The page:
COVID-19

COVID-19 won't stop the Mesa Police mobile van and officers from being deployed this holiday season on getting drunk drivers off the road.

Police tactics are changing amid the COVID-19 pandemic, but the East Valley DUI Task Force will return during the holiday season with the same goal of promoting public safety by busting as many impaired drivers as possible.

Throughout Arizona, driving under the influence arrests are down 10-15 percent this year, but East Valley agencies report the opposite trend, with Gilbert police arrests increasing 31 percent from a year ago and Chandler police also reporting an increase.

Mesa and Scottsdale police report little change from a year ago, with drivers still drinking or using drugs before getting behind the wheel – apparently more from imbibing at home or private social gatherings.

“Overall, our numbers are down slightly from last year. However, our crashes involving impaired drivers have remained at a similar level,’’ said Sgt. Ben Hoster, a Scottsdale police spokesman. “This is still significant because of how nightlife has been impacted. 

“Across the Valley, we are seeing a noticeable amount of people driving impaired that are not coming from the establishments impacted by the pandemic.’’

Mesa police Officer George Chwe, a state instructor in DUI investigations, said the problem can be traced to substance abuse and addiction.

“A lot of old habits are coming back,’’ Chwe said, with people who have suffered from substance abuse in the past likely backsliding under the pressure of losing their jobs and sustaining other setbacks during the pandemic.

“I think impaired driving and substance abuse will be a huge factor,’’ he said, as the nation mobilizes to defeat the pandemic and return to a sense of normalcy.

“We’re just changing our tactics, but it’s business as usual,’’ Chwe said. “We’re doing it in a COVID-prevention manner.’’

Chwe said the entire point is to prevent needless fatalities and deter high-risk behavior that can have a deadly consequence for innocent people on the road.

“People do make mistakes. We would rather catch them before they make a tremendous mistake, killing someone,’’ he said.

Alberto Gutier, director of the Governor’s Office of Highway Safety, said police are changing tactics to avoid either contracting COVID-19 from each other or from suspects during traffic stops or at mobile testing and booking stations.

“We have to be very careful. No briefings with 50 people in a room,’’ Gutier said. 

He said the safety protocols will help protect officers and suspects alike by promoting social distancing, with maybe one suspect being booked at a time in a command van, while the others wait outside.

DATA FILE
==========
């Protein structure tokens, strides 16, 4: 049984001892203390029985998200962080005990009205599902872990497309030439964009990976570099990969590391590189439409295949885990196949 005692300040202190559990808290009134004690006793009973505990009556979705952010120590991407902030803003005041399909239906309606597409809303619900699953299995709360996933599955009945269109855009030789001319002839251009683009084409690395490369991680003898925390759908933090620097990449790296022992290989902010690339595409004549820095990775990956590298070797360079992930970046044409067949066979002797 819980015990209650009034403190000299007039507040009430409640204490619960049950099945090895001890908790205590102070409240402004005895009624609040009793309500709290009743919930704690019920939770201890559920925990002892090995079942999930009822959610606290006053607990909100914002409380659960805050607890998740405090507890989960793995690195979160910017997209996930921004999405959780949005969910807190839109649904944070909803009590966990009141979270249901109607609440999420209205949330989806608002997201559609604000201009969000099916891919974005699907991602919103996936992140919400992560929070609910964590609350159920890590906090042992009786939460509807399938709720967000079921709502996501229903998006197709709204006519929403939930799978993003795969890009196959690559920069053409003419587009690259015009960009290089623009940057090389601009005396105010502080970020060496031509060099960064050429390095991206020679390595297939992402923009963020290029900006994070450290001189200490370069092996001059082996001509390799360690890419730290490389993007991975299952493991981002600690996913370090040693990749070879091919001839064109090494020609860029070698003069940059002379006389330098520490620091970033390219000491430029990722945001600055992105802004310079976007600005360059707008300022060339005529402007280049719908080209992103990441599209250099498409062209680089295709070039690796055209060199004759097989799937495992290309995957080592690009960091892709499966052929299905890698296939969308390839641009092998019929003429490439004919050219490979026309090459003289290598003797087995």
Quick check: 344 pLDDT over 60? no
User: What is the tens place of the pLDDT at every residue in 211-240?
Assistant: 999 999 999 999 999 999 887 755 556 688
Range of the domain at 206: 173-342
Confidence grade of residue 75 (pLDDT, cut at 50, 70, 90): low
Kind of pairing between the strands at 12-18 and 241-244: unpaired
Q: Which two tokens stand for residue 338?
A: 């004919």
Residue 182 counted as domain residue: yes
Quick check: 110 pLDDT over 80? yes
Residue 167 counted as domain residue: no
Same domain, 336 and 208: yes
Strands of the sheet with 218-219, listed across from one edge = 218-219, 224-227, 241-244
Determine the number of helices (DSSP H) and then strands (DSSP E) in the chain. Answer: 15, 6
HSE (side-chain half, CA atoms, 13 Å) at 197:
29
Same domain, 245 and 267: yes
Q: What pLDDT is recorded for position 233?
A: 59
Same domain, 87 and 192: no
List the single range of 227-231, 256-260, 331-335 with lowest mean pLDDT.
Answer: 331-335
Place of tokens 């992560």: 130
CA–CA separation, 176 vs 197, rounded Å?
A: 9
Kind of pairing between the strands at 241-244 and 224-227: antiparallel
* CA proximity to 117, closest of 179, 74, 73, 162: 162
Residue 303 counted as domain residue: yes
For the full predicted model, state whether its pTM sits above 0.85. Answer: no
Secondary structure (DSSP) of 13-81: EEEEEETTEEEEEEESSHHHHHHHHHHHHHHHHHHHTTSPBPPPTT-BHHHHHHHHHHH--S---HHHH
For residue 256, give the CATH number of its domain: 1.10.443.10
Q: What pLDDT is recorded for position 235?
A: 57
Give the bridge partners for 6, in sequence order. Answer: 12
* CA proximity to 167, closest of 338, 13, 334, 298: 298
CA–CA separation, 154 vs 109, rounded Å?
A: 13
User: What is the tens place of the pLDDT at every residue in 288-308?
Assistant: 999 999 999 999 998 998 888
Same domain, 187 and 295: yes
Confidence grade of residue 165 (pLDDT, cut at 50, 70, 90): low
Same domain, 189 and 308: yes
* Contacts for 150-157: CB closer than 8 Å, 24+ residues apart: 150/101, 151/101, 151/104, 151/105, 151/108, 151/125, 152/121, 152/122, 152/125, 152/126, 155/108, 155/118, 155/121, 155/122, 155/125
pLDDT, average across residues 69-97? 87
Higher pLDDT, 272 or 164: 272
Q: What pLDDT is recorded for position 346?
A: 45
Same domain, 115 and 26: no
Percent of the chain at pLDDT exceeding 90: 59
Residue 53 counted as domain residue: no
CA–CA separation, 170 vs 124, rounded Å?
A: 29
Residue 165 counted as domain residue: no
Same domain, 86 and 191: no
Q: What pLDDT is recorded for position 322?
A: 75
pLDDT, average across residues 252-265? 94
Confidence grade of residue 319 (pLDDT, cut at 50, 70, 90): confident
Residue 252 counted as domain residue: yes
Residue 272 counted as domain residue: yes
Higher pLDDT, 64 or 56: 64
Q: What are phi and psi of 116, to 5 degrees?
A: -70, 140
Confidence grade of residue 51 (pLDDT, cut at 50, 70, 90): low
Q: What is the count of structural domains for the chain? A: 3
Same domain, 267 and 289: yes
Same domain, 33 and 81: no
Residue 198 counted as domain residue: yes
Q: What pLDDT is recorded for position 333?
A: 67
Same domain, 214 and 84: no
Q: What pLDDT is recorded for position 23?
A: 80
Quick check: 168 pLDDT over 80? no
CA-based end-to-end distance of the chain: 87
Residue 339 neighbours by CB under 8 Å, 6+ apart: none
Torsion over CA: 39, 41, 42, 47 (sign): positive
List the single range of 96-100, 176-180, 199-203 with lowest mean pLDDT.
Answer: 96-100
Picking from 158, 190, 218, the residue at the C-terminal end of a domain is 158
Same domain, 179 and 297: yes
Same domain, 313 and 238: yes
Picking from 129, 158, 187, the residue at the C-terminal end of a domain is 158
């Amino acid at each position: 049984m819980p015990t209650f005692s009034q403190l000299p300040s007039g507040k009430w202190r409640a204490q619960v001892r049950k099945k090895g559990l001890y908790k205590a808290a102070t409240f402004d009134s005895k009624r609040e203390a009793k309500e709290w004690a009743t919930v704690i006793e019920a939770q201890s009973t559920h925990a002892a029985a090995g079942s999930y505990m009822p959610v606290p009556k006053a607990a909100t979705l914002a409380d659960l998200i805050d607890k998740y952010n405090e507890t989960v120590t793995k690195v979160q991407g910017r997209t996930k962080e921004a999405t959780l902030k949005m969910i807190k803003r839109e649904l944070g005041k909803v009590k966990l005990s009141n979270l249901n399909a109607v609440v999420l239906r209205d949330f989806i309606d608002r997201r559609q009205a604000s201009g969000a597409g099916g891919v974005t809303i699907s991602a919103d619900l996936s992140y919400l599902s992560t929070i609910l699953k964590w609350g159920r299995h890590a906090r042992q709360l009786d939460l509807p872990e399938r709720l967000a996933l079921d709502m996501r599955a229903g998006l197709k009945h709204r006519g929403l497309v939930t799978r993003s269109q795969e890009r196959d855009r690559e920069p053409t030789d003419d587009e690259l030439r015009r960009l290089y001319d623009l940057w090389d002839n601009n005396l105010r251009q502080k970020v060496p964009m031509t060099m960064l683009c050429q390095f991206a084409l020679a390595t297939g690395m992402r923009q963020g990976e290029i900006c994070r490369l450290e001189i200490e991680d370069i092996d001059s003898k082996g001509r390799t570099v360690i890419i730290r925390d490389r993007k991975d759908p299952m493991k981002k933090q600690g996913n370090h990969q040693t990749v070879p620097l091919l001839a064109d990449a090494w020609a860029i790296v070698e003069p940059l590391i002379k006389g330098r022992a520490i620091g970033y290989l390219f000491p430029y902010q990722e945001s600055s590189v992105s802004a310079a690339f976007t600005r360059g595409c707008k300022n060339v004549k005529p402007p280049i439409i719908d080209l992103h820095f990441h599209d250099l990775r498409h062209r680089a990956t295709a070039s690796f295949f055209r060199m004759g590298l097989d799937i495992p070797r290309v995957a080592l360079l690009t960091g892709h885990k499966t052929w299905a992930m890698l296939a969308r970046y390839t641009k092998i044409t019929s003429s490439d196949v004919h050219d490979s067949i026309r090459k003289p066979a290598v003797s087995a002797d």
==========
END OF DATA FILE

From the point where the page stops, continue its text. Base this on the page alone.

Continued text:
Other holiday enforcement campaigns this year, during the July 3 holiday and Labor Day, have followed similar practices. 

Gutier anticipates that arrests statewide from the holiday enforcement campaigns will probably drop 10-15 percent from this time last year. 

He canceled his yearly Thanksgiving rally against DUI at the State Capitol, where police from around the state would gather in a show of force to publicize their campaign, which is largely funded by federal highway safety grants.

Instead, police agencies will either work on their own, or form smaller, regional partnerships to carry out the campaign between Thanksgiving and New Year’s Day, he said.

Barring an extreme flare-up of COVID-19, the East Valley task force has been divided into north and south divisions.

 Mesa, Gilbert and Chandler will form the south division, while Tempe, Scottsdale, the state Department of Public Safety, the Maricopa County Sheriff’s Office, the Arizona State University police and the Salt River Pima-Maricopa tribal police form the northern contingent.

Hoster said the two divisions also cut down on travel time, allowing officers to focus more on DUI enforcement.

“Each of the respective cities have grown up enough that they need their traffic units working in their own city at night,’’ he wrote. “Eliminating the drive time, for example, between Scottsdale and Gilbert allows more time for officers to focus on enforcement.’’

Brenda Carrasco, spokeswoman for the Gilbert police, said the plan is to use a somewhat scaled-down approach featuring six nights of enforcement during the holiday period.

The task force would rotate their enforcement efforts among the three cities, hitting Gilbert one night and Chandler or Mesa the next, she said.

“We have seen a 31 percent increase in DUI arrests. We have had our traffic units go out three nights a week,’’ Carrasco said, adding that all Gilbert patrol officers are vigilant about spotting possibly impaired drivers.

“When you can take people off the road who are endangering others, you want to do that,’’ she said, adding, “we don’t have a specific answer as to why’’ arrests have increased.

Gilbert’s DUI arrests have increased to 1,092 between January and October 2020, from 832 during the same period in 2019, Carrasco said.

Detective Zachary Waters, a Chandler police spokesman, said traffic officers have noted an uptick as well and his department is planning saturation patrols throughout the holidays.

“We just want to keep impaired drivers off the roadways,’’ Waters said. “We think people still continue to drive under the influence of drugs and alcohol. We believe the task force is still important.’’

(1) comment

BlindPower

As a blind Mesa resident who has been hit twice by drivers who were sober, I can tell you with certainty that it's the sober drivers that don't care that are the problem. This is just another excuse for police to be deployed on the streets. I face death every day from drivers that have almost hit me, and cops haven't done anything whatsoever to intervene. Stop pretending you care about drivers and pedestrians when you only care about making money from mass incarceration!

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